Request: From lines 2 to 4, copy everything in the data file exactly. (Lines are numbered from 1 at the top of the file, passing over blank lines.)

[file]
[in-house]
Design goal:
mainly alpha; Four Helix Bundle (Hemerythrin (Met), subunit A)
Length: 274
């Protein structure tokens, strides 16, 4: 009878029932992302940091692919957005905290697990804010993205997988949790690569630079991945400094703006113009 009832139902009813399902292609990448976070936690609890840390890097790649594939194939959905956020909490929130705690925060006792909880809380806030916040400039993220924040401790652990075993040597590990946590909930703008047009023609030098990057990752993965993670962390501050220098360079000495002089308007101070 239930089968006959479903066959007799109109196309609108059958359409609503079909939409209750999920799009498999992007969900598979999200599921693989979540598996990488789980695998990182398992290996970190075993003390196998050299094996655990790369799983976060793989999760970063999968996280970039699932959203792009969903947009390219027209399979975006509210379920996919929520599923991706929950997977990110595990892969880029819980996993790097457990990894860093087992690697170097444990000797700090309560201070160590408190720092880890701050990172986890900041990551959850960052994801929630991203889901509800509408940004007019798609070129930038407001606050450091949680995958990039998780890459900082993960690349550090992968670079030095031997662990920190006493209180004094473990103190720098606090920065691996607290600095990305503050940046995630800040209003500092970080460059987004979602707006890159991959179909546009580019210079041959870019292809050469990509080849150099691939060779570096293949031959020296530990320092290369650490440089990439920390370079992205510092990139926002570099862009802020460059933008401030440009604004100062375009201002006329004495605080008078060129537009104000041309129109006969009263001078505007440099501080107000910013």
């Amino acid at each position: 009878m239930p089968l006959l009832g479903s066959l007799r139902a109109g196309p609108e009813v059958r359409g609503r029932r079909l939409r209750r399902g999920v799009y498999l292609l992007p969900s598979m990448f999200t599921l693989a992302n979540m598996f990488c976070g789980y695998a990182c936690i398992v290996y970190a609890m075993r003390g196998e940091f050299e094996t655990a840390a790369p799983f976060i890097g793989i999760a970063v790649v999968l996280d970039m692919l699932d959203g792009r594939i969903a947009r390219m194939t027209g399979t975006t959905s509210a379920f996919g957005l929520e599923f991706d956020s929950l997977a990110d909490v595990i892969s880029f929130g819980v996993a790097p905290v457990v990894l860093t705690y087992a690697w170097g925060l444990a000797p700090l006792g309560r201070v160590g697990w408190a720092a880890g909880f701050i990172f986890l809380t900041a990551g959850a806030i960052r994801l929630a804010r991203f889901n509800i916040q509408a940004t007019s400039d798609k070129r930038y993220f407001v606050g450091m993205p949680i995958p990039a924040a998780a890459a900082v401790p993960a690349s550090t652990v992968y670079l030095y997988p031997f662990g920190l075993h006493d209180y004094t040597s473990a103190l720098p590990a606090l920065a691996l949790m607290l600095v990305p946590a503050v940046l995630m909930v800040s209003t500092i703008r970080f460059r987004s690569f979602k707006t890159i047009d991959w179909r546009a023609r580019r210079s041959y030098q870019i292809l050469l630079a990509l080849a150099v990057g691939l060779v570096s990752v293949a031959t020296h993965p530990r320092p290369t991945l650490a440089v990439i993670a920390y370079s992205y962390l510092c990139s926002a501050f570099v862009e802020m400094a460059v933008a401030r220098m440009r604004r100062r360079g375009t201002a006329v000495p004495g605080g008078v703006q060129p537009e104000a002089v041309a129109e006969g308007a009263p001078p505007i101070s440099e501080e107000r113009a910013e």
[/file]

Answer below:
Design goal:
mainly alpha; Four Helix Bundle (Hemerythrin (Met), subunit A)
Length: 274